Experiment 222: Long-Term Application of N, P, and K in Continuous Winter
Wheat, est. 1968
Experiment 222, May 1, 2020
Experiment 222, April 9, 2018
Experiment 222, February 5, 2016
E222_14.xlsx (Long Term Data Base)
|Video, Experiment 222, May 15, 2017|
Pictures below taken March 31, 2016
Experiment 222, February, 2017, and March, 2017
PLOT PLAN (ppt file)
In 1968, experiment #222
was initiated at the Agronomy Research Station in Stillwater, Oklahoma.
This trial was established to evaluate long-term winter wheat grain
yield response to applied nitrogen (N), phosphorus (P) and potassium (K).
Applications of sulfur (S) and magnesium (Mg) (Sul-Po-Mag) were
also compared. In the first
decade of the experiment, few responses to applied N, P and/or K were
found. Following twenty years
without fertilization, average check plot yields were 20 bu/ac.
It was not until the third decade of this experiment that a
dramatic response to applied N was observed.
A tendency for increased yields with applied P and K (5 vs 6 and 8
vs 9) was present for the 1989-98 time period, but, this was not
significant. Over the 31
years that these treatments have been evaluated, only applied N has
produced a significant increase in grain yields.
In many regards this continuous wheat data demonstrates the
difficulty of evaluating P and K fertilizers since no response could be
induced without fertilization following 31 years.
Nitrogen applied at an annual rate of 80 pounds per acre was
adequate to produce near maximum yields in all three decades evaluated.
Considering these results it can also be concluded that if there was no
response to applied K (as KCl), there would also be no response to applied
Cl. Also, no response was
seen to applied S and/or Mg as K,MgSO4.
Grain %N increased with increasing rates of applied N in all three
Materials and Methods
Experiment #222 was established in 1969 under conventional tillage on a Kirkland silt loam (fine, mixed, thermic Udertic Paleustoll). Wheat was planted for 22 continuous years in 10-inch rows at seeding rates of 60 pounds per acre. Since 1992, winter wheat has been planted in 7.5-inch rows. The variety 'Scout 66' was planted from 1968-73, 'Triumph 64' from 1974-1977, 'Osage' from 1978-80 and 'TAM W-101' from 1981-91, 'Karl' from 1992-1994, 'Tonkawa' from 1995 to 1998 and ‘Custer’ since 1999. Changes in management, fertilization and application dates are reported in Table 1. The experimental design employed was a randomized complete block with four replications. Fertilizer treatments used in this experiment and average grain yield means over selected periods are reported in Table 2. Surface soil (0-6 inches) test analyses from samples collected in 1995 are also reported in Table 2. Individual plots at this site are 20 feet wide and 60 ft long. The center 10 feet (1969-1995) and 6 ft (1996-present) of each plot was harvested with a conventional combine the entire 60 ft in length for yield. In addition to wheat grain yield measured every year from this experiment, periodic soil and grain samples were taken for further chemical analyses.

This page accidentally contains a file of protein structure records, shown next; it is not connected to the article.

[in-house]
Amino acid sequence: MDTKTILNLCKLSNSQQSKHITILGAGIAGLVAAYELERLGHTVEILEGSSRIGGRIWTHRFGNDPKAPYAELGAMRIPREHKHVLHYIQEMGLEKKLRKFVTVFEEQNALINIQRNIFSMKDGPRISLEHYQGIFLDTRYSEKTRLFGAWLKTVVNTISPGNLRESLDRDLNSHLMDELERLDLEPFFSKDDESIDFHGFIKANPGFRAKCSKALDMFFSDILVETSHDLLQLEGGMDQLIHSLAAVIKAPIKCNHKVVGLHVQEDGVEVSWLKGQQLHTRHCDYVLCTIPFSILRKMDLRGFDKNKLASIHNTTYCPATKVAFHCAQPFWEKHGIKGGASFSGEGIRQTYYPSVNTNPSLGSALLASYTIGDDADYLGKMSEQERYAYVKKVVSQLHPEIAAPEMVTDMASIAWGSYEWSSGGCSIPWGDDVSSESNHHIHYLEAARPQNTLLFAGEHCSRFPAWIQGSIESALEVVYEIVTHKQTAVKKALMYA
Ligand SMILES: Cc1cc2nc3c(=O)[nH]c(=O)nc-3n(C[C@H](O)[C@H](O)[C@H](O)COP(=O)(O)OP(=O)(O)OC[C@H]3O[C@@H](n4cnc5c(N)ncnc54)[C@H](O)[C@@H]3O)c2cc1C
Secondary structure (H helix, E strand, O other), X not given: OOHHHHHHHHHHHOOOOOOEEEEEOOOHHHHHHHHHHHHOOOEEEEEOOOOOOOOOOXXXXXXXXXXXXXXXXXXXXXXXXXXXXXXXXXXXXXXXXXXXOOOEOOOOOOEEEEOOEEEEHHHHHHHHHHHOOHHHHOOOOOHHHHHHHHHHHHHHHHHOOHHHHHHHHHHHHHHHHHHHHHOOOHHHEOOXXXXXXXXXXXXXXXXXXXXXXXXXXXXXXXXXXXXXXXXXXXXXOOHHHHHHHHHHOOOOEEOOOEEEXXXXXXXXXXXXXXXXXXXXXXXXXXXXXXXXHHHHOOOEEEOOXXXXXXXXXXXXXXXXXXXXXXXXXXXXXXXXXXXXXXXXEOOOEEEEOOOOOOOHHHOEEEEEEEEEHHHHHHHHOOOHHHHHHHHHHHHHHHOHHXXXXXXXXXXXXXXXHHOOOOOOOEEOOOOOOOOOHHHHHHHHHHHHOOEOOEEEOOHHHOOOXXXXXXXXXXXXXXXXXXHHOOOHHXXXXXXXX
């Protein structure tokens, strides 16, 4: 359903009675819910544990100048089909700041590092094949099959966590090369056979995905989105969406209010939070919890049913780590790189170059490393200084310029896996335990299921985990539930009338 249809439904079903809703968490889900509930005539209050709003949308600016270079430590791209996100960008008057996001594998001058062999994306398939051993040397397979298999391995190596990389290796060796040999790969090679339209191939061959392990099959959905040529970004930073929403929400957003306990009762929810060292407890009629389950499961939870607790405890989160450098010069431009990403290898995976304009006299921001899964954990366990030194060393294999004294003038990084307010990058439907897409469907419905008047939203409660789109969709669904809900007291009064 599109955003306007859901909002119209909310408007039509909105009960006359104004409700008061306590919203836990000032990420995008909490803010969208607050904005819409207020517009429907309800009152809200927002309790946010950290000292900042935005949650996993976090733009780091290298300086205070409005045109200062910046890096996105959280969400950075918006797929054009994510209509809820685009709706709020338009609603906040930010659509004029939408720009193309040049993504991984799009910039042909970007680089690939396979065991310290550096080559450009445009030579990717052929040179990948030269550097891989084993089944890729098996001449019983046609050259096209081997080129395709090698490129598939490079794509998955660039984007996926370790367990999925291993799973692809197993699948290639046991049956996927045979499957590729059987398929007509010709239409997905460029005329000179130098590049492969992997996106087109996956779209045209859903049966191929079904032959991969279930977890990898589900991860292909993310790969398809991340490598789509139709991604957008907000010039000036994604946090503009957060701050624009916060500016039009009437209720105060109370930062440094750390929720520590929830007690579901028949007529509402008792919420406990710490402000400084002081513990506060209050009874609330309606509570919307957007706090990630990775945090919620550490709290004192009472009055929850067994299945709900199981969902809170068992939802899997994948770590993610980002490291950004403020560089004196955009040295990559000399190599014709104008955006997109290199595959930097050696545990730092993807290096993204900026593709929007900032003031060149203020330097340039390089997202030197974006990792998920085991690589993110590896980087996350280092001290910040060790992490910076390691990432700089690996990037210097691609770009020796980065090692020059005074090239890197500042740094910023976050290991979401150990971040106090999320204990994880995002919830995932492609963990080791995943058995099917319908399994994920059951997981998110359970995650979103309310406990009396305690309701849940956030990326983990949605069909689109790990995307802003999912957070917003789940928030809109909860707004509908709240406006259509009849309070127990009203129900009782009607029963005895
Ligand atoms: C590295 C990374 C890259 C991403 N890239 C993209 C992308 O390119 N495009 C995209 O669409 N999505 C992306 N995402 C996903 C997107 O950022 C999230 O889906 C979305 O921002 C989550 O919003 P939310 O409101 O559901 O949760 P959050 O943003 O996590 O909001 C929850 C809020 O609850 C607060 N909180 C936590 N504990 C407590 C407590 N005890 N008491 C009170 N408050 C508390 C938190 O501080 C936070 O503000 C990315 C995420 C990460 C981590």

A significant response to applied N was not seen until the second decade of the experiment (Table 2, 1979-1988). Since that time, applied N has resulted in significant yield increases. Other than applied N, limited response to applied P or K has been found in this experiment. However, a recent trend for increased yields as a result of applying K has been observed, especially at the high rates of applied N. Considering these results it can also be concluded that if there was no consistent response to applied K (as KCl), there would also be no response to applied Cl. Also, no response was seen to applied S and/or Mg as K,MgSO4 (treatment 13 versus 3).
The fertilizer treatments
evaluated have resulted in relatively small surface soil pH (0-6 inches)
changes following 27 years (1969-1995) of continuous winter wheat.
Soil test P declined with increasing applied N, a result of
increased depletion. Surface
soil organic matter levels have not changed dramatically, however, organic
matter levels have increased at the high N rates when compared to the 0 N
Ranney, R.W. 1969. An
organic carbon-organic matter conversion equation for Pennsylvania surface
soils. Soil Sci. Soc. Amer. Proc. 33:809-811.
Table 1. Treatment applications, and experimental management for continuous winter wheat Experiment 222, Stillwater, OK, 1969-2015.
Soil fertility treatment effects on wheat grain yields, Experiment
#222, Stillwater, OK 1969-2000, and surface (0-6 inches) soil test results
N, P2O5, and K2O applied as ammonium nitrate (34-0-0), triple superphosphate (0-46-0) and potassium chloride (0-0-60), respectively. *- K2O applied as sul-po-mag (0-0-22). SED standard error of the difference between two equally replicated means. CV coefficient of variation. pH 1:1 soil:water, P, Mehlich III extraction, OM = organic matter = OC*1.8+0.35 (Ranney, 1969)
Soil fertility treatment effects on wheat grain %N, Experiment
#222, Stillwater, OK 1969-2000.
N, P2O5, and K2O applied as ammonium nitrate (34-0-0), triple superphosphate ( 0-46-0) and potassium chloride (0-0-60), respectively. *- K2O applied as sul-po-mag (0-0-22). SED standard error of the difference between two equally replicated means. CV coefficient of variation. pH 1:1 soil:water, P, Mehlich III extraction, OM = organic matter = OC*1.8+0.35 (Ranney, 1969)
View of Experiment #222 looking south east, April 2005